Becoming a web host is unlike any other entrepreneurial path. It requires virtually no capital, especially for re-seller hosting. There are usually no brick and mortar establishments, and even when there are the majority of clients don’t live in the area and/or have no desire to visit. You can basically make a web hosting company look as big or as intimate as you like. There are many cases of teenagers running legitimate, successful web hosting companies, so you certainly can’t judge a business by the age of the founder.
However, this introduces a brand new dilemma: How can you tell which web hosts are high quality and which are doomed to fail? It requires some research on your part, and that’s exactly what most people lack the motivation to do. For starters, always call the potential web host. It should be easy to reach a live person, particularly during regular business hours but also around the clock. What happens if you need to talk to someone at 3am when your site goes down?
Web Host Basics
You want your web host to be well established, although that’s relative in this industry. They should have a few positive reviews, be happy to provide you with testimonies, and have an online presence that’s trackable for at least the past year. If they’re still in infancy, that doesn’t mean they’re not high quality, but you want to let them work out the kinks with other customers before you jump on board.
Check the Better Business Bureau, and if possible actually reach out to those who have provided recommendations. It’s way too easy for someone to make up a referral or pay for reviews these days. However, a reputable web host will be proud to share their good reviews and a truly satisfied customer won’t mind responding to a quick query about their experience.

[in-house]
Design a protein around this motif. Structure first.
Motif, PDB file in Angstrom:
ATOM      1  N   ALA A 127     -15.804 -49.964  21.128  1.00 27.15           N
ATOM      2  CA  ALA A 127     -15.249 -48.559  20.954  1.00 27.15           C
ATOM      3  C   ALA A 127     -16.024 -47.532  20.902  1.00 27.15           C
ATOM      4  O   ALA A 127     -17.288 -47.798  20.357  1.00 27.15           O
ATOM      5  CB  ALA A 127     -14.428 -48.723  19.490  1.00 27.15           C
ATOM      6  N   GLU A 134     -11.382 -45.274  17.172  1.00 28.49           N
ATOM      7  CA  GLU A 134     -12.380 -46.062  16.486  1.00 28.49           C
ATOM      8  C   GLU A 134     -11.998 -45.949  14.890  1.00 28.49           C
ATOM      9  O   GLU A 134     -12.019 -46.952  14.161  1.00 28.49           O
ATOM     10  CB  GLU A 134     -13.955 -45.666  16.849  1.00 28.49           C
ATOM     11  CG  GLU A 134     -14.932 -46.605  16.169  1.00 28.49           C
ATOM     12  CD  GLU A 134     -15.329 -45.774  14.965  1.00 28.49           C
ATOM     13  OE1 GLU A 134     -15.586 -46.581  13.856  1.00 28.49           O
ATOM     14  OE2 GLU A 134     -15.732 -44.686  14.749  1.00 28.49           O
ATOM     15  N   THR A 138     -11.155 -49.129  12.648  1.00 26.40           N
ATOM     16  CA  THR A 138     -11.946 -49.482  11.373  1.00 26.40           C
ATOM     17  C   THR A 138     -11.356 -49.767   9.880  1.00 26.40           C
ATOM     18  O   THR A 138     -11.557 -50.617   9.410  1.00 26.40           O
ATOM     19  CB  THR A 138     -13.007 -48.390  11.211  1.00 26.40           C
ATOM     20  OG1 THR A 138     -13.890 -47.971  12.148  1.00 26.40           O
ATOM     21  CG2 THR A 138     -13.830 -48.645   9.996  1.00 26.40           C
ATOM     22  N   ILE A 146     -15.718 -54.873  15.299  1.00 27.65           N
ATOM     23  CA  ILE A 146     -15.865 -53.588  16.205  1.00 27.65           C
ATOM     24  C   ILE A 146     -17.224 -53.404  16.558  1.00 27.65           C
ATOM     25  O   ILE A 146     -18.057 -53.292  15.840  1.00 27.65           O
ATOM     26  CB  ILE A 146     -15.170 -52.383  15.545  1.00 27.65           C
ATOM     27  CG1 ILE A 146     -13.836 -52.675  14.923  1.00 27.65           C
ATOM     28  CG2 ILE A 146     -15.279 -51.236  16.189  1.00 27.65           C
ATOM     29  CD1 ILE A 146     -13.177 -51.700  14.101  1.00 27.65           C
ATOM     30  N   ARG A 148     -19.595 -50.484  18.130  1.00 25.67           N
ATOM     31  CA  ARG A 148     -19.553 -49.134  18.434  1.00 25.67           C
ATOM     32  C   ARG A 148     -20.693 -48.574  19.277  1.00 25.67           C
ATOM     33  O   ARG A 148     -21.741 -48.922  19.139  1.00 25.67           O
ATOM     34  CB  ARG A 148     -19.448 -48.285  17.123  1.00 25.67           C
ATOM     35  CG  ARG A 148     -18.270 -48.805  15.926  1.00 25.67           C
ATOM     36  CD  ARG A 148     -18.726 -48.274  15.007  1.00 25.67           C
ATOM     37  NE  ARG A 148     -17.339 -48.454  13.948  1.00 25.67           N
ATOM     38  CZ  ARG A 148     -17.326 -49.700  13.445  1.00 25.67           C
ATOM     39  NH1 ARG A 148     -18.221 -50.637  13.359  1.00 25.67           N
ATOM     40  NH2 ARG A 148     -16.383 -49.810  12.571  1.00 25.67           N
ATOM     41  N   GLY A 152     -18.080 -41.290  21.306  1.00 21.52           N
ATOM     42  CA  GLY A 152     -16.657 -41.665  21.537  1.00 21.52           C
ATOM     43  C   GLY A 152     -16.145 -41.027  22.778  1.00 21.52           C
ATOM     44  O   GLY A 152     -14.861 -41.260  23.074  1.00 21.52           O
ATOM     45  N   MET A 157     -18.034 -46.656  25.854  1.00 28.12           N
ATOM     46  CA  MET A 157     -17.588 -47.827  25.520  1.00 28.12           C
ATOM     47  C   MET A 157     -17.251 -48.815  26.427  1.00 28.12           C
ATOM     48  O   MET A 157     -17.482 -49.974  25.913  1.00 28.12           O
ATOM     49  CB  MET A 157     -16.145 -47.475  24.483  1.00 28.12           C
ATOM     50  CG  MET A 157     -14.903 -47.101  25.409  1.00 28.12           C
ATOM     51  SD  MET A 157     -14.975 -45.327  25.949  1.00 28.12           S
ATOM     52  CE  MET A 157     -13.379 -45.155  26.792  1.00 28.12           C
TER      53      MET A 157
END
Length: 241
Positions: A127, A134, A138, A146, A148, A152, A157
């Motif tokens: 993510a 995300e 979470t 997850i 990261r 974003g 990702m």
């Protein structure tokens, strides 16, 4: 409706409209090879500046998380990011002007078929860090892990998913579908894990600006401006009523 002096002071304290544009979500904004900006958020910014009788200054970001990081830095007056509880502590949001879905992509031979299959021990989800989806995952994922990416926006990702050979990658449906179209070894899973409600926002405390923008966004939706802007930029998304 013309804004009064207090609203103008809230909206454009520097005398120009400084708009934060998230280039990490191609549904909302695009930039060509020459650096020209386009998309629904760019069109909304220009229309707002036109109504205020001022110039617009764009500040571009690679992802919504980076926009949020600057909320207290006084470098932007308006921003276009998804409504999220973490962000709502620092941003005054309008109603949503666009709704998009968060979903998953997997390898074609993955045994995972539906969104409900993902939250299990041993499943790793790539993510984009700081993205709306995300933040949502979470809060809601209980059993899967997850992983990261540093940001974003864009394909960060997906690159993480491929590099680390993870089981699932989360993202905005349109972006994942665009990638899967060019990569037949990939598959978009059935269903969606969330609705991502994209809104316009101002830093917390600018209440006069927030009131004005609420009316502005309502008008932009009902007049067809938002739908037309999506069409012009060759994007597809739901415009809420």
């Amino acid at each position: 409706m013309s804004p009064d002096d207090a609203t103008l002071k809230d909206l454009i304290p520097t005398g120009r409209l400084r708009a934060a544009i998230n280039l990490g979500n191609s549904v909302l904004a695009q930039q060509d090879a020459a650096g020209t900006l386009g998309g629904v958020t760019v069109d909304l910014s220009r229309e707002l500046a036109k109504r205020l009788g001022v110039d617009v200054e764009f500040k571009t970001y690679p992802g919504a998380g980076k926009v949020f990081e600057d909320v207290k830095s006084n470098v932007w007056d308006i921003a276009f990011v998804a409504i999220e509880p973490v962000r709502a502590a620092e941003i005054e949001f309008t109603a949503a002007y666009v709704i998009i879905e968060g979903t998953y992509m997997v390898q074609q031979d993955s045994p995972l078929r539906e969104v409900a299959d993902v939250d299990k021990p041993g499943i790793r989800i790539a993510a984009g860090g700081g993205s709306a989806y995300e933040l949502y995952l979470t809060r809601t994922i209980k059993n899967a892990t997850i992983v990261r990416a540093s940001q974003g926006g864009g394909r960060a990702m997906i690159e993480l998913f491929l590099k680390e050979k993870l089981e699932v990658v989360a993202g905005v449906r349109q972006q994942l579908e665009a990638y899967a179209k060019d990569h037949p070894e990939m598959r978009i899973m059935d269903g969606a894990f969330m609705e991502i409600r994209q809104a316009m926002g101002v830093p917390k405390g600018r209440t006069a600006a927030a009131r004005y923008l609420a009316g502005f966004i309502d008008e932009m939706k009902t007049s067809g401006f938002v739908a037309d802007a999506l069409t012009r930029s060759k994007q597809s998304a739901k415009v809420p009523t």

Products Made Perfect
One of the easiest and most obvious signs to spot is whether or not a web host has virtual private server/VPS hosting. Most don’t. This gives you all the benefits of a dedicated server but at a cost similar to basic shared plans. The majority of web hosts don’t offer this because it does nothing for them. Most people don’t know what VPS is, so they’re not demanding it (yet). Only web hosts who are truly committed to providing their customers with the best products and experience possible will have it.
Many times, website owners will go with whatever web host is offered when they secure their domain. This is easy, but also lazy. The best options aren’t going to be placed at your feet like that, and these web hosts are basically paying for customers. Instead, spend some time figuring out what’s important to you. Site speed, security, routine maintenance, and a certain type of support system (like live video chat) might top the charts for you. The right host is out there, but it’ll require a little digging to find it.